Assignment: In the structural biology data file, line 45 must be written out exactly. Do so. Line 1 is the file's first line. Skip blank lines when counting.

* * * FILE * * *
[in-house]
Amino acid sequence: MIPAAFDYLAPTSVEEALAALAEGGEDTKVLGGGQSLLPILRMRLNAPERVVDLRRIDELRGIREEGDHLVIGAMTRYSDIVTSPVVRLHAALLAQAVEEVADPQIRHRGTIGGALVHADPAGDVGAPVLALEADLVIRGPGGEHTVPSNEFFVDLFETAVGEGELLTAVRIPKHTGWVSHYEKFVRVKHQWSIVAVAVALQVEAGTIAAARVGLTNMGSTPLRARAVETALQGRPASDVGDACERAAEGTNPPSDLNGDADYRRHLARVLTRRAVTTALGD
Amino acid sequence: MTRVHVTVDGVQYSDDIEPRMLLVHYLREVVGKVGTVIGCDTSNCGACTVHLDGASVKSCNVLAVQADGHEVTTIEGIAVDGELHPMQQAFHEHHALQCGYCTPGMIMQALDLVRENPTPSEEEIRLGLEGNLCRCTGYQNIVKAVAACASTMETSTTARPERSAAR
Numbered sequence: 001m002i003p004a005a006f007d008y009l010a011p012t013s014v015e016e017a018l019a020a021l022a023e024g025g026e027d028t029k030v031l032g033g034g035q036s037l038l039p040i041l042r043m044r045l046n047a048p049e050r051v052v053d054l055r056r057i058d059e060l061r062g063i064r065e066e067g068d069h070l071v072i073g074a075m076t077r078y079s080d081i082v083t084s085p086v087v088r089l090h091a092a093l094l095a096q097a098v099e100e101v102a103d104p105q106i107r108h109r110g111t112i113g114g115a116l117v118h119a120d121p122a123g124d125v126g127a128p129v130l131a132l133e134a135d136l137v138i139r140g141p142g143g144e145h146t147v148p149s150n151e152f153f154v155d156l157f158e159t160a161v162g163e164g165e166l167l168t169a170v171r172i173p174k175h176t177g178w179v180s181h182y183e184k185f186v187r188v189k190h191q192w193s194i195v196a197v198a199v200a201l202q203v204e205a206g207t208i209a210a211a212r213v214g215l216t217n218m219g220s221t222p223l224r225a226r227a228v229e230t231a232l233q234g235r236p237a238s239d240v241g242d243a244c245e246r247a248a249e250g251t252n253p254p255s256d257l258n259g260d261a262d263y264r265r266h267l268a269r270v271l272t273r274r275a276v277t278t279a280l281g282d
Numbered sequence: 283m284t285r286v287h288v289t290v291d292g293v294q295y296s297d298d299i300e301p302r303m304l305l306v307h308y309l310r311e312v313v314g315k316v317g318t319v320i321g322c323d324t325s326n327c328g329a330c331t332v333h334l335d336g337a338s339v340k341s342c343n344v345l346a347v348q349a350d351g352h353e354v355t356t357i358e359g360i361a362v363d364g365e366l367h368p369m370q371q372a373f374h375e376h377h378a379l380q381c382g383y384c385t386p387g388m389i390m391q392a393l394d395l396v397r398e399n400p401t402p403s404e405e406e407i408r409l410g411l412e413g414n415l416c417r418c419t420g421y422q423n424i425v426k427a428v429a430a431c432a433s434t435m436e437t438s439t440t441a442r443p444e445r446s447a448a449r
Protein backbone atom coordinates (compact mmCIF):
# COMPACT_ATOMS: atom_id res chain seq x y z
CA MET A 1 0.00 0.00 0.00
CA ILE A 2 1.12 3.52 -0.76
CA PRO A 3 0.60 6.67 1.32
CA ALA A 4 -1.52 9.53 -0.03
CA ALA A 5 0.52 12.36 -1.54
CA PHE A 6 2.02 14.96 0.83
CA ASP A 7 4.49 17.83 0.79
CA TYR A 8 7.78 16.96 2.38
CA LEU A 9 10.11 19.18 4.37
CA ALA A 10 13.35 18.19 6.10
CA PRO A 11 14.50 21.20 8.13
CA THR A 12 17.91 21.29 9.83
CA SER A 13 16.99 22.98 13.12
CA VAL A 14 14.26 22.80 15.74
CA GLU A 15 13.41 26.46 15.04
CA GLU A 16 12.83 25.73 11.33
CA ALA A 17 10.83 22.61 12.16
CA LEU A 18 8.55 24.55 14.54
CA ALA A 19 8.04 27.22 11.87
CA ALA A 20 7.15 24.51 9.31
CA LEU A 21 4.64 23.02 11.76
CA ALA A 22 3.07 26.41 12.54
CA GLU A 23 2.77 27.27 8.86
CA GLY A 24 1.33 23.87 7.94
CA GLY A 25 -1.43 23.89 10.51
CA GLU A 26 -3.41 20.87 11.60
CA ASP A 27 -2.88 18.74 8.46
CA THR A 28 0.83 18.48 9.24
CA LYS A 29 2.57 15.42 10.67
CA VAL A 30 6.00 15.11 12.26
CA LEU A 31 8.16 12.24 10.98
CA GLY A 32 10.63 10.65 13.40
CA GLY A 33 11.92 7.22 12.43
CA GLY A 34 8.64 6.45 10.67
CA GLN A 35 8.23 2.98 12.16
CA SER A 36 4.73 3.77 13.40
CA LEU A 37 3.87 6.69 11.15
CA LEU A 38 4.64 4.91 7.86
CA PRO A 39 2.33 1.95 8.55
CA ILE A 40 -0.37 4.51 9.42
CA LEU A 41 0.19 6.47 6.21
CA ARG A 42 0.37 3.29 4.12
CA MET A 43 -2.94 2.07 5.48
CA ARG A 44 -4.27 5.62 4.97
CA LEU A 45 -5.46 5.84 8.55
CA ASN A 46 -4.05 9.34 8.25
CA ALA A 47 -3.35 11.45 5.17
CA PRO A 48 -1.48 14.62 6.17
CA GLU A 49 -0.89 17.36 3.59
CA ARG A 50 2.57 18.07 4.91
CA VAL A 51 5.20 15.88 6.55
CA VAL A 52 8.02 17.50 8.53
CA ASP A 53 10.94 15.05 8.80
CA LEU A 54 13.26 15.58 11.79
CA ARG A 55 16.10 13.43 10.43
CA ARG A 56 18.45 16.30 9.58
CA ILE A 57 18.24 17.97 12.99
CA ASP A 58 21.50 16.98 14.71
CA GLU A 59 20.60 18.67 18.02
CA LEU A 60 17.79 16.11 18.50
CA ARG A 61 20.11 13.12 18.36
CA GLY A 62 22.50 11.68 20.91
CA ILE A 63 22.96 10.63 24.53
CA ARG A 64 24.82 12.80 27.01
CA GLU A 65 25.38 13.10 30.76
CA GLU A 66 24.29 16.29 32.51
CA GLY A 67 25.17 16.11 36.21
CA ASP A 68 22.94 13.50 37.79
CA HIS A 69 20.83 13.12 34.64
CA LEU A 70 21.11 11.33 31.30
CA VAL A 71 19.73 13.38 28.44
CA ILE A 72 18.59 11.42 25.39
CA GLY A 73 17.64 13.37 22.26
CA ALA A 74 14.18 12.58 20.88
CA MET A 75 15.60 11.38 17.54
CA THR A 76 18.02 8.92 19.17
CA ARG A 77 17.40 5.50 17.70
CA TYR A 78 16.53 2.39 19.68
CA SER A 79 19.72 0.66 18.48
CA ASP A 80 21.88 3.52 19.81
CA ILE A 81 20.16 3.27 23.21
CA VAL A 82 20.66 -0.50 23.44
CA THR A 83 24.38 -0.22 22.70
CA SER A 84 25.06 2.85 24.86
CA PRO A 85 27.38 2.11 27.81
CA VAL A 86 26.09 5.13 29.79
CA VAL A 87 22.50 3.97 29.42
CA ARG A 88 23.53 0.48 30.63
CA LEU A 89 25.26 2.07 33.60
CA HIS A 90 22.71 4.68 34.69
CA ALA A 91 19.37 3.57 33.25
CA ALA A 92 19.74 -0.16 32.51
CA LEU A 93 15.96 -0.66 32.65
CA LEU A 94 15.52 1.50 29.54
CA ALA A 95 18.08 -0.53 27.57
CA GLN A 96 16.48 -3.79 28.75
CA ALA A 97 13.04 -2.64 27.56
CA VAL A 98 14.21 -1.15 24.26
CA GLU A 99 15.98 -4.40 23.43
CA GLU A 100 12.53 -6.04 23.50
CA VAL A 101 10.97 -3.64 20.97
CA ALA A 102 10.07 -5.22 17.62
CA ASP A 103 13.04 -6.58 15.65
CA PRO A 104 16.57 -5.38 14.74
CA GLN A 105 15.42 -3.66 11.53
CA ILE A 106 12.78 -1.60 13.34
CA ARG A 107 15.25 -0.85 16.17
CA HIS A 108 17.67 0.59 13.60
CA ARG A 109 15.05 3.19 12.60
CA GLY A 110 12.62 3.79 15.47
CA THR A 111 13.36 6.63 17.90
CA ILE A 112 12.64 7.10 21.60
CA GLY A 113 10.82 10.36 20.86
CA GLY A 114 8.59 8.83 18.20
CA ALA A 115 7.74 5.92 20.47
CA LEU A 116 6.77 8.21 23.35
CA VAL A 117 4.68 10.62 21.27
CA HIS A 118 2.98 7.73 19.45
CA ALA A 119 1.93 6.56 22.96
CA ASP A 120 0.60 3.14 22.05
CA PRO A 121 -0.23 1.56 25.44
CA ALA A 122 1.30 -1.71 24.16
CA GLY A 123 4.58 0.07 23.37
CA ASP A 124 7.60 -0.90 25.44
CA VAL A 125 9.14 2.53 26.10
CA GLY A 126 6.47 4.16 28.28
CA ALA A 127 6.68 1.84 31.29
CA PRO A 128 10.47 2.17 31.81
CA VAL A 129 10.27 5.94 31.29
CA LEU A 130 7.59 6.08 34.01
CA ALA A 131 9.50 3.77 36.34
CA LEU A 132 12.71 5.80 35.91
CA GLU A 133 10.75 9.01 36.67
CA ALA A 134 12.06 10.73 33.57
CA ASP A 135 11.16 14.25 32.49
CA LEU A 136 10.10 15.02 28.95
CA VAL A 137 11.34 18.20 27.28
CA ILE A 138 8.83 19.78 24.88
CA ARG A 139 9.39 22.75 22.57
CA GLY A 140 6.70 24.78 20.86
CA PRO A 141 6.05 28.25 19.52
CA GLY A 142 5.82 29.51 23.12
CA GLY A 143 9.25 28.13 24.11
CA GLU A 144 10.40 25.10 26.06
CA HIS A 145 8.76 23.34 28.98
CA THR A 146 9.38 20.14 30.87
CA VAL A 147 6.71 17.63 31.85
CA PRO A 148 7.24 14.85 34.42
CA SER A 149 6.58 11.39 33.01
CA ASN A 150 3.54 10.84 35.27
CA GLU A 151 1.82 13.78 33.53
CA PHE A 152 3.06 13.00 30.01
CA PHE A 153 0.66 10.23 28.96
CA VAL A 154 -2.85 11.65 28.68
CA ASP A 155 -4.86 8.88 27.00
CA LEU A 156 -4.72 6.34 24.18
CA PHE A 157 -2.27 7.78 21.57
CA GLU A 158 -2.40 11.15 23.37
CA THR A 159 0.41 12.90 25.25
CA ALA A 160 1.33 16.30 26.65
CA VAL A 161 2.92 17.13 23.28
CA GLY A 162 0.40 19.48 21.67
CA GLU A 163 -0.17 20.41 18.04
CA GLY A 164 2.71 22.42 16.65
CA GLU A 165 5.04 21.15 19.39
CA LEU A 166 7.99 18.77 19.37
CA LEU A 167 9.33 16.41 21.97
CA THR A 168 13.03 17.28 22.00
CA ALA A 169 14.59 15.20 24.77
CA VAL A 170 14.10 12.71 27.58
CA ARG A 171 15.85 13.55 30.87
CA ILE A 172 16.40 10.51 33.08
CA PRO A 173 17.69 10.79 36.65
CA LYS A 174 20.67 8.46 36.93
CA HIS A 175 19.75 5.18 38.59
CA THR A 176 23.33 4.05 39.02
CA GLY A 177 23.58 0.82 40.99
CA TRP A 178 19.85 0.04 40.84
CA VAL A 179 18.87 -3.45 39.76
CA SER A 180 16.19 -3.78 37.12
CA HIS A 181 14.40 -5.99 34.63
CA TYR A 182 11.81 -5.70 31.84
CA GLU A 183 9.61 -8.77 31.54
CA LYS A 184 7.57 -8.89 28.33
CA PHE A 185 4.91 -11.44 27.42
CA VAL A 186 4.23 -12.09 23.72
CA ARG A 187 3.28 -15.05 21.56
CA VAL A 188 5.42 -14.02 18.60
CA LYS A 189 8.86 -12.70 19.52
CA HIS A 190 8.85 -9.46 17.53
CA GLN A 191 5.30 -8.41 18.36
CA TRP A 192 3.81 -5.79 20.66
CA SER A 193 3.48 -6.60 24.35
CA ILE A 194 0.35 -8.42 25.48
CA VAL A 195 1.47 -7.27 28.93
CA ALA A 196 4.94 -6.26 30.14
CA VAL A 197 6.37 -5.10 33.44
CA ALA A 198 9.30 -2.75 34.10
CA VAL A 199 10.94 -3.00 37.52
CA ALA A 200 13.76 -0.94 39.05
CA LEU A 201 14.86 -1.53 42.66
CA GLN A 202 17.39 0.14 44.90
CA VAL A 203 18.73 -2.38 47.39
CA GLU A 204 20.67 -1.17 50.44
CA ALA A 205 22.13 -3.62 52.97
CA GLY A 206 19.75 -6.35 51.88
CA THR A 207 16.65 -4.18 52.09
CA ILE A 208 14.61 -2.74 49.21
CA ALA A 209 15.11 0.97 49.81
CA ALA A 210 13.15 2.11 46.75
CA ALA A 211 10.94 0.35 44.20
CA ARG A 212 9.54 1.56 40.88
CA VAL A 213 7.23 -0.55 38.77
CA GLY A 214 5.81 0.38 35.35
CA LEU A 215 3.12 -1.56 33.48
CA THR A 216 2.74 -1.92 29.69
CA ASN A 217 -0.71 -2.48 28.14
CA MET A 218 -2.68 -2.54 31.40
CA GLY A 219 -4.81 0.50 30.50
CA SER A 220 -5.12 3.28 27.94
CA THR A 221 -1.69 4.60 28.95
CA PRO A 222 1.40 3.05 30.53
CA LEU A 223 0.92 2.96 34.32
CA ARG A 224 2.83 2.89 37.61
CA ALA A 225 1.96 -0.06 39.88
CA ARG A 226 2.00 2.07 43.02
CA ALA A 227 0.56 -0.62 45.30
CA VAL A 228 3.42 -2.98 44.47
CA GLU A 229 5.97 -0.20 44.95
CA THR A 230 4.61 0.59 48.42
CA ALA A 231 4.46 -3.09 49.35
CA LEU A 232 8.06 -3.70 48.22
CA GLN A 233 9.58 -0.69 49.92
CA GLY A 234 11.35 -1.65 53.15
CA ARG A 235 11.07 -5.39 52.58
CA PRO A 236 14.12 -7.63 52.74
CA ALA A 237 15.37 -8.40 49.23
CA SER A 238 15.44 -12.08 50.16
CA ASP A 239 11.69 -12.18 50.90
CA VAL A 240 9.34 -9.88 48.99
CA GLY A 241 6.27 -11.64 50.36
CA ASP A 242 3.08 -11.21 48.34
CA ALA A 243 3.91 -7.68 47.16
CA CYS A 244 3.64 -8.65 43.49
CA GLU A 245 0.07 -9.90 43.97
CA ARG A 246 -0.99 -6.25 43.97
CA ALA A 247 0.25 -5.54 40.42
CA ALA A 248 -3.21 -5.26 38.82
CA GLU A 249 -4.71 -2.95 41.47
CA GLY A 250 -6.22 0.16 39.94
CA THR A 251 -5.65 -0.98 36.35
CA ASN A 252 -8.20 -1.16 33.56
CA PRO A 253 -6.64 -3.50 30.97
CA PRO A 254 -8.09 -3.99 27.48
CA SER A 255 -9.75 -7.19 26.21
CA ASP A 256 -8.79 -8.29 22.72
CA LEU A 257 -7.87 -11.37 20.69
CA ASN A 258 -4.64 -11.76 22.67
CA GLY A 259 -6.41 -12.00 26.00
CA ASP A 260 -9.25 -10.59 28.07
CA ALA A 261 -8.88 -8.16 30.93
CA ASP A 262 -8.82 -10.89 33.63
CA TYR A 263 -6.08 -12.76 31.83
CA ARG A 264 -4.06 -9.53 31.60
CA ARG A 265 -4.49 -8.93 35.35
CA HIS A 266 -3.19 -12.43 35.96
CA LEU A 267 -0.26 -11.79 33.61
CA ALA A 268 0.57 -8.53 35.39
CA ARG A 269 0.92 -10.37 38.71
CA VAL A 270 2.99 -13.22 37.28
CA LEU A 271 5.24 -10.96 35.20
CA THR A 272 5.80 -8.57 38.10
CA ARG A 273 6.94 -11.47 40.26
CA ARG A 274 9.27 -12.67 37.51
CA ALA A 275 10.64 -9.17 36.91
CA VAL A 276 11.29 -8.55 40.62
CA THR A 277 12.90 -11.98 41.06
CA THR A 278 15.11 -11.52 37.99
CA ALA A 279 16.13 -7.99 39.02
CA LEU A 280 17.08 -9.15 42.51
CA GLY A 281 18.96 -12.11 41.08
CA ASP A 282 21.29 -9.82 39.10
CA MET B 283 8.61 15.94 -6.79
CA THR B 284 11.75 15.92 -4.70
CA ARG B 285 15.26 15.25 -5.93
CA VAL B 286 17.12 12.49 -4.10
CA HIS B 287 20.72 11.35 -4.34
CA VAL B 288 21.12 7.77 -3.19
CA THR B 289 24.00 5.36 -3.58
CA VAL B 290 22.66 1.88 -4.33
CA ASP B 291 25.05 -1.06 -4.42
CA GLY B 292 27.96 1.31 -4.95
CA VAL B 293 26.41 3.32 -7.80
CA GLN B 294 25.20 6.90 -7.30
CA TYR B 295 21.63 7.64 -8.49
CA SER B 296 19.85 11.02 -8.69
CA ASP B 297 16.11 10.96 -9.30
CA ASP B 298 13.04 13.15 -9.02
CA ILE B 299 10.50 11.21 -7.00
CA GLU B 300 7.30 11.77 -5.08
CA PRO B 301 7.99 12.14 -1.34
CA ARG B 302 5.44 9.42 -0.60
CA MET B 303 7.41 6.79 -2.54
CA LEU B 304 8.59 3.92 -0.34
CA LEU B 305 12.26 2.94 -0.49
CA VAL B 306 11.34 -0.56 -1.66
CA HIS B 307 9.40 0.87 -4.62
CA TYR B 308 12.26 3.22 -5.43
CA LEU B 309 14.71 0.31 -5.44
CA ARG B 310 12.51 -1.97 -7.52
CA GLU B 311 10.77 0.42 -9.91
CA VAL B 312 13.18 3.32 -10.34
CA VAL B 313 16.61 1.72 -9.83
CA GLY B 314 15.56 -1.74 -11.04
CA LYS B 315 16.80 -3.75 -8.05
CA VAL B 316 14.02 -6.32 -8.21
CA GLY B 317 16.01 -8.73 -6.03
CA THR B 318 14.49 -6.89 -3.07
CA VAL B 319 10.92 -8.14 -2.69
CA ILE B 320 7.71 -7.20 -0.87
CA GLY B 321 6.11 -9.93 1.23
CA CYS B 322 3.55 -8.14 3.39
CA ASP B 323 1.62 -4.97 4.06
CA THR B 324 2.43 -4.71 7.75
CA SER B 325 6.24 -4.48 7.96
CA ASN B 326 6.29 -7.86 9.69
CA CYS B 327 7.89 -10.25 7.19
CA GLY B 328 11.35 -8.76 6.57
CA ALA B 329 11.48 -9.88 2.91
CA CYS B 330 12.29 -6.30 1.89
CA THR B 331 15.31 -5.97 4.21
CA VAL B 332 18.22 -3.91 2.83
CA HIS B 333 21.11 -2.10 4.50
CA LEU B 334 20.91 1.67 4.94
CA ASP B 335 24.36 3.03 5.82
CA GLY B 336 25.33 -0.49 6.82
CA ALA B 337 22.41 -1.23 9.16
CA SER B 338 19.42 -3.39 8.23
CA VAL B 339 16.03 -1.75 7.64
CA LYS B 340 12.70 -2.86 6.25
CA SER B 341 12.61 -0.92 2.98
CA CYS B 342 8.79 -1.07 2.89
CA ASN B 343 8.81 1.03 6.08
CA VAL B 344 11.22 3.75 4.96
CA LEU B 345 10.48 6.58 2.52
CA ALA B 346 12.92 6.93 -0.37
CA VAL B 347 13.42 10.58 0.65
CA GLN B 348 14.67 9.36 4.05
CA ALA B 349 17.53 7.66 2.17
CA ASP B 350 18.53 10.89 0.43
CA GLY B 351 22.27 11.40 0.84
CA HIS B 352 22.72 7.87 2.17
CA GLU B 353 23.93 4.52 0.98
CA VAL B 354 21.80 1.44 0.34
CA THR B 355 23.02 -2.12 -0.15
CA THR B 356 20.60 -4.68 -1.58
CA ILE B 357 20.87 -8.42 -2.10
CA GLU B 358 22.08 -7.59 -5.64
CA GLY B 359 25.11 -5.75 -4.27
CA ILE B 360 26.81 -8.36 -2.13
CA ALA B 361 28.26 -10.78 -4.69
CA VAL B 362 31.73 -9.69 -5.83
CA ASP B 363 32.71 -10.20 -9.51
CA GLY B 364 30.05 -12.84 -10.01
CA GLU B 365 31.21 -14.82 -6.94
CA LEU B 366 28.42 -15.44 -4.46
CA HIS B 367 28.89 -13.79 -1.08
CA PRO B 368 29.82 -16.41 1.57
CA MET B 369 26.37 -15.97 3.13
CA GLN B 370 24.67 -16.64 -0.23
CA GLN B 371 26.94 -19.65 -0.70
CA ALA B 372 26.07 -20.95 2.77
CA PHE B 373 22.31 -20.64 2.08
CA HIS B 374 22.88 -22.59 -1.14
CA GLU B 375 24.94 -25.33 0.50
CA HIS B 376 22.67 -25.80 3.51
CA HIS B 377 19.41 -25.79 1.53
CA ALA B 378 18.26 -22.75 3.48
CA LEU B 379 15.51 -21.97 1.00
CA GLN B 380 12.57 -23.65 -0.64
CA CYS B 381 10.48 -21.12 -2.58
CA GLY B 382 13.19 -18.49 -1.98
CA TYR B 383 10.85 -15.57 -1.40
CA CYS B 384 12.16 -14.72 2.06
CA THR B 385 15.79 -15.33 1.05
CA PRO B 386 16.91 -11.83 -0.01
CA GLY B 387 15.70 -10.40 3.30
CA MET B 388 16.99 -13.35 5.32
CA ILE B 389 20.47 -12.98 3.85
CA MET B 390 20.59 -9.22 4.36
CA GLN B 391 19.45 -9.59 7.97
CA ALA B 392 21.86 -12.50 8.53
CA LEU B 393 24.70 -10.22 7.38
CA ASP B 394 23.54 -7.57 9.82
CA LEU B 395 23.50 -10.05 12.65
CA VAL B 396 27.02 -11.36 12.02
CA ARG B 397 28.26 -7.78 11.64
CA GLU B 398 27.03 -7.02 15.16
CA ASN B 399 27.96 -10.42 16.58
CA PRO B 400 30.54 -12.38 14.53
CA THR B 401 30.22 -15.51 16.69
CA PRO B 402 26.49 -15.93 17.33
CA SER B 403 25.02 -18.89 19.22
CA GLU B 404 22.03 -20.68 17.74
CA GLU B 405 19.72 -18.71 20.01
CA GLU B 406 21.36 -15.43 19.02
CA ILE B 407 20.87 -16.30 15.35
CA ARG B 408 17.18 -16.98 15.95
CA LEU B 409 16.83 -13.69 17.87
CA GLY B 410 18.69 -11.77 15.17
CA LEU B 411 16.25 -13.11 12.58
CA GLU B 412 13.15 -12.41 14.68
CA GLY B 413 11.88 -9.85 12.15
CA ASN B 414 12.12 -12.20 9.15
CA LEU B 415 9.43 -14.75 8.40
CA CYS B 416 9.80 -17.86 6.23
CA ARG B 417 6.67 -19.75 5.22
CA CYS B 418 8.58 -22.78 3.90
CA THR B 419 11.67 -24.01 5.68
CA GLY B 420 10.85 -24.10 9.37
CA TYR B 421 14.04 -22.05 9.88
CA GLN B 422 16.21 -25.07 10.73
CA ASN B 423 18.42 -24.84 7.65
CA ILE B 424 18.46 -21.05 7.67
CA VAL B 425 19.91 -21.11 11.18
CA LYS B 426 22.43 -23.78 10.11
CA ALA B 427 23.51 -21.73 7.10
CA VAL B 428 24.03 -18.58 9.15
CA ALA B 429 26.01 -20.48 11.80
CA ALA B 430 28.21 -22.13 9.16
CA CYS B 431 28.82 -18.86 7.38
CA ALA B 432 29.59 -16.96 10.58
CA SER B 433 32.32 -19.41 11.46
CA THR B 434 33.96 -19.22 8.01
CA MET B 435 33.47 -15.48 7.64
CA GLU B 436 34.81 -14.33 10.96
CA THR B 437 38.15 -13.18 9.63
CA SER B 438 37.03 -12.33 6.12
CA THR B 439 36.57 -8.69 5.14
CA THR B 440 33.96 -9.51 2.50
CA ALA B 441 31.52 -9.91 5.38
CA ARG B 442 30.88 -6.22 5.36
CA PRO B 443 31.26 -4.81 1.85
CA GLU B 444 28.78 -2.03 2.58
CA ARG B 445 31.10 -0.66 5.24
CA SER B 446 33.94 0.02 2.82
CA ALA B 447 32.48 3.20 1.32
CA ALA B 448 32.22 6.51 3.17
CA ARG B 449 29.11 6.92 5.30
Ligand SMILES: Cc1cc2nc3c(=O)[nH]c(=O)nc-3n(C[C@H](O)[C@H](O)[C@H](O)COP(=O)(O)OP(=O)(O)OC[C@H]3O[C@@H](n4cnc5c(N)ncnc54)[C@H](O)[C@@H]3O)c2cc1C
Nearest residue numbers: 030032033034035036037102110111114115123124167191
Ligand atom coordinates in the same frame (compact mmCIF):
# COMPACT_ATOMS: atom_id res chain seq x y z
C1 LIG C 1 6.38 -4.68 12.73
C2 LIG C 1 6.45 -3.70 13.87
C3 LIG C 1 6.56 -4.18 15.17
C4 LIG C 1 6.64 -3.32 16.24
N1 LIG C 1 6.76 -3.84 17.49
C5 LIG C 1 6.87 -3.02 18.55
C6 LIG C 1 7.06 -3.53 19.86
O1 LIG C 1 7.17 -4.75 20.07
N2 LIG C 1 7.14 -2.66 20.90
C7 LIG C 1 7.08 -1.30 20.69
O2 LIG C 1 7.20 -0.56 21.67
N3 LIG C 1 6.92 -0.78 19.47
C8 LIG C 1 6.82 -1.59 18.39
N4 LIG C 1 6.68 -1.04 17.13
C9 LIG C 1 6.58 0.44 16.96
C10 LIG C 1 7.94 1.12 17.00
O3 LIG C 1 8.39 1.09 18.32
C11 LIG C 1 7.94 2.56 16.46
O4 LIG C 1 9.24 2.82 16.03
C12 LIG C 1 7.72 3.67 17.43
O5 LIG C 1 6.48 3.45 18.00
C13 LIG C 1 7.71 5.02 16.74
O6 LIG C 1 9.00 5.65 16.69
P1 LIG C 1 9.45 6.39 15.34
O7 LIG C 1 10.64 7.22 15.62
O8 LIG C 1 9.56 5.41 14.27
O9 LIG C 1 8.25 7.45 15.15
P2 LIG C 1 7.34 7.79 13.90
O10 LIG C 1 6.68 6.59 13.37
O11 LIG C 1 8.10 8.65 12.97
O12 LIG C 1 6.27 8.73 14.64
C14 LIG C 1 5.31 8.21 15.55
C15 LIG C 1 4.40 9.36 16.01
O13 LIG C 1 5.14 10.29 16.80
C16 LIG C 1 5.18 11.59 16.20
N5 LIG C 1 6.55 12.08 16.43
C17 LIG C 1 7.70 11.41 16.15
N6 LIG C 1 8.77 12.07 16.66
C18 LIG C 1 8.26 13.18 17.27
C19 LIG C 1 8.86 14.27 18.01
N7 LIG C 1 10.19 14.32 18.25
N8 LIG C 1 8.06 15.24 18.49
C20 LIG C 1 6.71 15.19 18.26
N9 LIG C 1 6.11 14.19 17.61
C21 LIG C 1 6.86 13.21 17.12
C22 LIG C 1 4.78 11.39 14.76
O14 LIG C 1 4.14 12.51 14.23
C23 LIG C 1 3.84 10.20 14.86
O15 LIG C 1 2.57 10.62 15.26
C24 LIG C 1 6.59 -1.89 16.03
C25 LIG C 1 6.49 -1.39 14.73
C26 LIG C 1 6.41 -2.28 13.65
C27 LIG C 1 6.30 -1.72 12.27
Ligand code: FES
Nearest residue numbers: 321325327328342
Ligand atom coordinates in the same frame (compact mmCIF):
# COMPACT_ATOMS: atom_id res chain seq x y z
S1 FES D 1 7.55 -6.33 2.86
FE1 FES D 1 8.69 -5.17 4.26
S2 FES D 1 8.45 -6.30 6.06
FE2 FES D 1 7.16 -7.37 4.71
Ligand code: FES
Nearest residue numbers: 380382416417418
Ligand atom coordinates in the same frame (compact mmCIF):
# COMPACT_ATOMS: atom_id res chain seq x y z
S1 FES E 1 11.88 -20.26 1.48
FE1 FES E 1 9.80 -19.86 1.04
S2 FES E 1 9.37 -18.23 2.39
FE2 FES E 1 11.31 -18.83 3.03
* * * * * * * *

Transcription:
CA LEU A 38 4.64 4.91 7.86